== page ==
The men then decided to walk back to Sin Ho District of Lai Chau, but none of them knew the way. They instead followed a rail track all the way to Hanoi. As they didn't have any money, they asked for food and water along the way, before settling down under the overpass.

Destitute Hanoi migrants scrape by amid social distancing

"My family's in a tough situation, so I had to part from my wife and two small children to make money," Hung said, adding one of his relatives lost their life during a flash flood in Sin Ho in August last year. The incident rendered him the only breadwinner in the house.

Destitute Hanoi migrants scrape by amid social distancing

Son, 31, used the light to count the money from his wallet. "I have VND11,000 in total," he said, trying to conceal his personal information. His face was also hidden beneath a mask as he didn't want to let his family know of his current situation.

Son came to Hanoi as a construction worker in June, after leaving his job at a shoe factory in Hai Duong at the beginning of this year. When he lost the job due to social distancing, Son was given VND1 million by his contractor, and has been living off it for the past three weeks.

He moved underneath the overpass a week after the construction site closed down.

Destitute Hanoi migrants scrape by amid social distancing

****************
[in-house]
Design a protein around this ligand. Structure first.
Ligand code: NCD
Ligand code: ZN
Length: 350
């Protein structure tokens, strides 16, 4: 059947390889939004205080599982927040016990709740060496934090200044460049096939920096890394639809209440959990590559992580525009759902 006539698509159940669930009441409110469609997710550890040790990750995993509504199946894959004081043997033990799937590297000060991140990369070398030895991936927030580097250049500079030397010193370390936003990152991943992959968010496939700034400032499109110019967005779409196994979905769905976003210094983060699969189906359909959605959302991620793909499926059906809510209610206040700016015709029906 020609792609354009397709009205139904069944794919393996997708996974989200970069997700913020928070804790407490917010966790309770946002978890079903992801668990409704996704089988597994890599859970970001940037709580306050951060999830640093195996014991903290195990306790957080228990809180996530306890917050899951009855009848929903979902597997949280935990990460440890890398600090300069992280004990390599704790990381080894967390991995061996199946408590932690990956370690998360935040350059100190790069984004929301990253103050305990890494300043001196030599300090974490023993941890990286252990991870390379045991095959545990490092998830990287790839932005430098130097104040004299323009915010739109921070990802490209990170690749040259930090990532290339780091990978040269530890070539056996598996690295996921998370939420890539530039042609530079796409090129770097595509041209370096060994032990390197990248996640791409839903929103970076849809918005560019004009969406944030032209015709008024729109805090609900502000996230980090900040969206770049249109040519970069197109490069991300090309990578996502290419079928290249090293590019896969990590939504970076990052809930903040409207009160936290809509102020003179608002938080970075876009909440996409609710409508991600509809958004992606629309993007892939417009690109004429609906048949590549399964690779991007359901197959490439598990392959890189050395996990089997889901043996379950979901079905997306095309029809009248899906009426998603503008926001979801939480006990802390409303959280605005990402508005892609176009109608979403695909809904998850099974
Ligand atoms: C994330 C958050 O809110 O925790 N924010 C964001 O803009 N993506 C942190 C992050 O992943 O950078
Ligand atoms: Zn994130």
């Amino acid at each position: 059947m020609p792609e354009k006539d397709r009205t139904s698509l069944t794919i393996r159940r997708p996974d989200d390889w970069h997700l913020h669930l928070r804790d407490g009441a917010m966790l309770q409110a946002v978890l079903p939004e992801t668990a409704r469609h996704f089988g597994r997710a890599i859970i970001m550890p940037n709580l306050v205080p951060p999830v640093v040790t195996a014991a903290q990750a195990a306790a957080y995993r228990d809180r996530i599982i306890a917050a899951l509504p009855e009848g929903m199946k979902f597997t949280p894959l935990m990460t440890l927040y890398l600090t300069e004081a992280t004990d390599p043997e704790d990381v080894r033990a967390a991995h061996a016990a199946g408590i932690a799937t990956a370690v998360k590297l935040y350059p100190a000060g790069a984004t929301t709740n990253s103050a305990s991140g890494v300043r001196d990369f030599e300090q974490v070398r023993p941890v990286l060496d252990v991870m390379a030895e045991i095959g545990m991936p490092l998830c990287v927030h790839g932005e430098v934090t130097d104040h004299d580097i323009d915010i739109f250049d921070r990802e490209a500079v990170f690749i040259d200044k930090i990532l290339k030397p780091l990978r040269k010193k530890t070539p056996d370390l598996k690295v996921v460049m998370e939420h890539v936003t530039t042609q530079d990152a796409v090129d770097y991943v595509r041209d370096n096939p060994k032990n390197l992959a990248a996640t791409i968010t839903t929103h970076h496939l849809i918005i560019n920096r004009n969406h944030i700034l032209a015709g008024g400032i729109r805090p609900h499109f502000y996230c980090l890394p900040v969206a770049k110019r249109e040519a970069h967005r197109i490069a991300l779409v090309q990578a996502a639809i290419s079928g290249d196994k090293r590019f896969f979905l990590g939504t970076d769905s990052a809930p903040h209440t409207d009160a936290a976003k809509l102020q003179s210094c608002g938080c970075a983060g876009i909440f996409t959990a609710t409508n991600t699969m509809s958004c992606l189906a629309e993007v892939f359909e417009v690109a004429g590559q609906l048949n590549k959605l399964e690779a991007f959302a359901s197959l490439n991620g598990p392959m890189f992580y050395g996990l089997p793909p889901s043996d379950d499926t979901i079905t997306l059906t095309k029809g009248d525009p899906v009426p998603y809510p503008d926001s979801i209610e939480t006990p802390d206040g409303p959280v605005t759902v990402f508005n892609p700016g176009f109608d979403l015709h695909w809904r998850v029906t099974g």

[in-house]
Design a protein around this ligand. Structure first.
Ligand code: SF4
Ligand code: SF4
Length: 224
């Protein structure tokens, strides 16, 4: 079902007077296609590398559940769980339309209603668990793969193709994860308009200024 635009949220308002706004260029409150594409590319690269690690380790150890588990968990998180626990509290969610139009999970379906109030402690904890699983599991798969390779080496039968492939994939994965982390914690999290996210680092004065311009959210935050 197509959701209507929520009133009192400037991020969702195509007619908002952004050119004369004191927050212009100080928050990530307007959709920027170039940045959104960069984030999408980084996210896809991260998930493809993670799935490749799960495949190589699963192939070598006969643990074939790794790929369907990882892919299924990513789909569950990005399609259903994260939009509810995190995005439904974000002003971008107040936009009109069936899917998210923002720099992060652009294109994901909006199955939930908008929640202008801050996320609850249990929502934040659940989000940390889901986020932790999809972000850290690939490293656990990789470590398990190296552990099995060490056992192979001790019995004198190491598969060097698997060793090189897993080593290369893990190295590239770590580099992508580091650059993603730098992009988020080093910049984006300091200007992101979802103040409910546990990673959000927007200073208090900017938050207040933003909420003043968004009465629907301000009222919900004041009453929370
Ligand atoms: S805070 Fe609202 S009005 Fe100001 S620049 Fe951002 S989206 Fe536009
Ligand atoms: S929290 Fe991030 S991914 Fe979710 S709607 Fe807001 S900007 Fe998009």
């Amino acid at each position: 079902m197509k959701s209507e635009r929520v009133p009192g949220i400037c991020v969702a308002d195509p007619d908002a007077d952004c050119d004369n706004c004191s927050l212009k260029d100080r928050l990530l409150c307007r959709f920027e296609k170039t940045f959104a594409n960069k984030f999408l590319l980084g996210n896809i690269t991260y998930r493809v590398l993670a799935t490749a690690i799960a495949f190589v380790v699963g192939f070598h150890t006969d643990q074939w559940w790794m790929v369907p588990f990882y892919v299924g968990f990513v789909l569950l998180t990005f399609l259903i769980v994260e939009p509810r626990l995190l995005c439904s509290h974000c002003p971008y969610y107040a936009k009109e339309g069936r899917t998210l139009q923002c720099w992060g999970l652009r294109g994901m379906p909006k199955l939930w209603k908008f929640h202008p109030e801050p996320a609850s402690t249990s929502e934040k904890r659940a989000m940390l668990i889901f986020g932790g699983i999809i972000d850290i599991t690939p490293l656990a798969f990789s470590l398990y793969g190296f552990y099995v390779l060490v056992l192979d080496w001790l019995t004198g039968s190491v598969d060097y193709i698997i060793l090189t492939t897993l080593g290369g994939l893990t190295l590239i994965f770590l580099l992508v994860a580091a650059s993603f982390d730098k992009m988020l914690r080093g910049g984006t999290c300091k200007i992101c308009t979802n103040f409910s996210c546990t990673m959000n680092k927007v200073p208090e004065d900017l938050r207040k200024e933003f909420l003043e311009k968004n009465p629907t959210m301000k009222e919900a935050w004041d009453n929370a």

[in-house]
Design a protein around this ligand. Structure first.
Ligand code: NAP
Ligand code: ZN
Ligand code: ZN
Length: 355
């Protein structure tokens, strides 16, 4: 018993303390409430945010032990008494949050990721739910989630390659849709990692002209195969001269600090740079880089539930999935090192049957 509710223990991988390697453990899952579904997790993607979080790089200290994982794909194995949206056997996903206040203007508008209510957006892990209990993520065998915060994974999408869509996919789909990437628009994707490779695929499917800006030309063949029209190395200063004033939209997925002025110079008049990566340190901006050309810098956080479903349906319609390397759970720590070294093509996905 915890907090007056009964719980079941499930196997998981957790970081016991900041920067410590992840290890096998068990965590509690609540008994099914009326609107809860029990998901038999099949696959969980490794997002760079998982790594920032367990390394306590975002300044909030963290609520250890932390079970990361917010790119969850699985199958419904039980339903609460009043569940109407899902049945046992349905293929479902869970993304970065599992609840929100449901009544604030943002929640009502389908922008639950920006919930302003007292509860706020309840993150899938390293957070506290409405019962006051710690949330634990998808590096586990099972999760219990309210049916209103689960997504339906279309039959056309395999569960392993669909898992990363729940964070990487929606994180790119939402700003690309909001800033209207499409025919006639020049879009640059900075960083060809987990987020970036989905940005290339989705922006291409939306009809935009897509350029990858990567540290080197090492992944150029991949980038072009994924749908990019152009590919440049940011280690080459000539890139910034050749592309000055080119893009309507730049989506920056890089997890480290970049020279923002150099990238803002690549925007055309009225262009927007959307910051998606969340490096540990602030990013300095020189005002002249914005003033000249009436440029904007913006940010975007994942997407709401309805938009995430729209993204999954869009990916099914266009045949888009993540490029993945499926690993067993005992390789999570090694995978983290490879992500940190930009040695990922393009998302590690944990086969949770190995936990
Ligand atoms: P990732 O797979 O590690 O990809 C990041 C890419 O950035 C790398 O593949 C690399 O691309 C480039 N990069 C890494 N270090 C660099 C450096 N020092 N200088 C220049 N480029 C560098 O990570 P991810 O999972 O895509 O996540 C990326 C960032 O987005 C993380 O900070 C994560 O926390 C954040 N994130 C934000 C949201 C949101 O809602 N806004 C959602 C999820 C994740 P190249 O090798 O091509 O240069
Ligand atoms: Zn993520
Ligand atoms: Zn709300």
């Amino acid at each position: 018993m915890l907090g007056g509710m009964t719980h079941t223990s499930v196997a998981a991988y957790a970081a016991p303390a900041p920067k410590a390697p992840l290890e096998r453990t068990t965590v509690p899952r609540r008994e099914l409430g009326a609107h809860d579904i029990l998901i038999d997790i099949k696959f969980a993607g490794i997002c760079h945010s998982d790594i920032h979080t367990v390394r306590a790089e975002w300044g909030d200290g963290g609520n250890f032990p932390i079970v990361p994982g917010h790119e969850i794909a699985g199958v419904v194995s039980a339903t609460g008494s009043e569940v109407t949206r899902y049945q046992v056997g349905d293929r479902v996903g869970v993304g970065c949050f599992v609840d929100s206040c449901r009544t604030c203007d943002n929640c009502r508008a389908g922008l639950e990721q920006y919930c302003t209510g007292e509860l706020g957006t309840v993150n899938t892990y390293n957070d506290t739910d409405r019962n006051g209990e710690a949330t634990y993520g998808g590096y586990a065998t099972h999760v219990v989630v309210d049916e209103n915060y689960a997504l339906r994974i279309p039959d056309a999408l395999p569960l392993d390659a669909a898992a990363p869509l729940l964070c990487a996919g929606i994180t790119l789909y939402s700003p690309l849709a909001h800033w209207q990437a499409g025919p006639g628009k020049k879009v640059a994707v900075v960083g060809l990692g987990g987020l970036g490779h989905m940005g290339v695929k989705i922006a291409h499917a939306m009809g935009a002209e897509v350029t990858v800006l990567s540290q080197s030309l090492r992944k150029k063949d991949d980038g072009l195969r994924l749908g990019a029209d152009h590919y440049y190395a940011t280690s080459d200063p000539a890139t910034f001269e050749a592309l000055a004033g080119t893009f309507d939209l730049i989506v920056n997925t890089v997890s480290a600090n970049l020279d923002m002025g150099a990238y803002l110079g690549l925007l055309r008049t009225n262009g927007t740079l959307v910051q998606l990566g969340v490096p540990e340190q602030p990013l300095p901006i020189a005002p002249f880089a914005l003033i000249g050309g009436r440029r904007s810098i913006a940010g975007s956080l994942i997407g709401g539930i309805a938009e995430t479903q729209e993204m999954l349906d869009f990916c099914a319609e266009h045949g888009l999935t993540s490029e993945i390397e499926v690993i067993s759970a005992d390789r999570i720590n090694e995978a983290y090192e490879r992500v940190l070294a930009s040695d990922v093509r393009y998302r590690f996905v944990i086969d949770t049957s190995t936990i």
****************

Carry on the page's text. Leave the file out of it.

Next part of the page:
A makeshift bed on the ground made from a mat.

Destitute Hanoi migrants scrape by amid social distancing

Cuong, 40, from Nam Dinh, used to be a security guard for a restaurant near the My Dinh area, but he lost his job when the social distancing period began. As the monthly rent of VND1 million a month, already cut in half by his landlord, proved to be too much, he left with the few belongings he has.

He finally settled beneath the overpass like many others. He has been there for the past three weeks.

Destitute Hanoi migrants scrape by amid social distancing

During the day, Cuong and two other people often go out to collect scrap and other trash. But the social distancing period means they could not sell any. Their usual meals were provided through charity or kind passersby. When they have no rice to eat, they resorted to instant noodles and cold water. At the end of the day, they often went to a now-suspended car wash, asking to shower themselves and wash their clothes.

Cuong only has his 70-year-old father left back in his hometown. When he was still employed, Cuong could make around VND5 million a month, and he would save some to send back to his father. When he moved underneath the overpass, he didn't even bother to charge his phone.

"I don't want my father to know my situation. He would worry," he said, adding he would return to his hometown after the social distancing period ends to see his father.

Since Aug. 14, Hanoi has requested its wards and districts to support migrant workers who are rendered homeless or jobless due to the pandemic. The municipal labor department has also been requested to devise plans to let migrant workers return to their hometowns if the situation allows.